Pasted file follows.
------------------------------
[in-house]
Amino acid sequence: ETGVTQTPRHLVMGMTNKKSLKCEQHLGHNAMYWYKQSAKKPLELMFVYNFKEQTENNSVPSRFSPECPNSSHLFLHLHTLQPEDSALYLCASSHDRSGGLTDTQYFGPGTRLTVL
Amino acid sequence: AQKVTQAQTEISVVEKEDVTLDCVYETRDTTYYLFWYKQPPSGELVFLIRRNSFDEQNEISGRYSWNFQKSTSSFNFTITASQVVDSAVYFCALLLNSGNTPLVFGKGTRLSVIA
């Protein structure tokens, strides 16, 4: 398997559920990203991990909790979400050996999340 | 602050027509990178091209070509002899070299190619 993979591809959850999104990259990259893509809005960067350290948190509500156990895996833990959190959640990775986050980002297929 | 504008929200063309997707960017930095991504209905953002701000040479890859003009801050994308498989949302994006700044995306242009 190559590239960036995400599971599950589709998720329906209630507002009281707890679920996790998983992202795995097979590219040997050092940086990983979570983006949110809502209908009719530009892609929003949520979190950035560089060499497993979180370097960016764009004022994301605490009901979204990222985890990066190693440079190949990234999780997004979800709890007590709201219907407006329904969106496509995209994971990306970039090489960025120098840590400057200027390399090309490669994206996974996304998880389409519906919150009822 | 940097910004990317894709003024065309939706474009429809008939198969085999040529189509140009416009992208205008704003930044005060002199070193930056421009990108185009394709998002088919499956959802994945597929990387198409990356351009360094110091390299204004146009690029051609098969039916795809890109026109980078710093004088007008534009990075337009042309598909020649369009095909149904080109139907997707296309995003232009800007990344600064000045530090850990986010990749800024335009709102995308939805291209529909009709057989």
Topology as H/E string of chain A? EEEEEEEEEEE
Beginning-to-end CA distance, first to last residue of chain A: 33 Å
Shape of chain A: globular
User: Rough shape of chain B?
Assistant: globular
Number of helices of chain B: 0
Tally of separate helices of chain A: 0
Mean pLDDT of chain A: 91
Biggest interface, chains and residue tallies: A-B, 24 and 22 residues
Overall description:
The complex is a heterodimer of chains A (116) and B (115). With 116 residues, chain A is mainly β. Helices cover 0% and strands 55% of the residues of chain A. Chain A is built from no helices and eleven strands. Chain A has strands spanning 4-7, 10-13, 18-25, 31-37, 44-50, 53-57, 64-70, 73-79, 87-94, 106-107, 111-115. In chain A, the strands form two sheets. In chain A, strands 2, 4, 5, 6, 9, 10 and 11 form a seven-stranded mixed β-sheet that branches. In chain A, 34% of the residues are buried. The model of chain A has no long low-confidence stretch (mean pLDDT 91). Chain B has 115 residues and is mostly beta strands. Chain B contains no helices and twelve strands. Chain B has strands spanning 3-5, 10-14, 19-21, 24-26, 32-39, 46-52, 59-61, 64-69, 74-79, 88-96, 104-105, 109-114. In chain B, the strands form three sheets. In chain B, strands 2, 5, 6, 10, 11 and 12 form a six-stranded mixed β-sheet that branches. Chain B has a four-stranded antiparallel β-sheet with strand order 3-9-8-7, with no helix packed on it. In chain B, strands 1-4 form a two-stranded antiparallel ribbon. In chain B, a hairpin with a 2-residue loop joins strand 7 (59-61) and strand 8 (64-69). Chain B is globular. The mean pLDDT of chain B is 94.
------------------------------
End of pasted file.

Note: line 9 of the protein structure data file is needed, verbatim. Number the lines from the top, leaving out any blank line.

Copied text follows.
Assistant: globular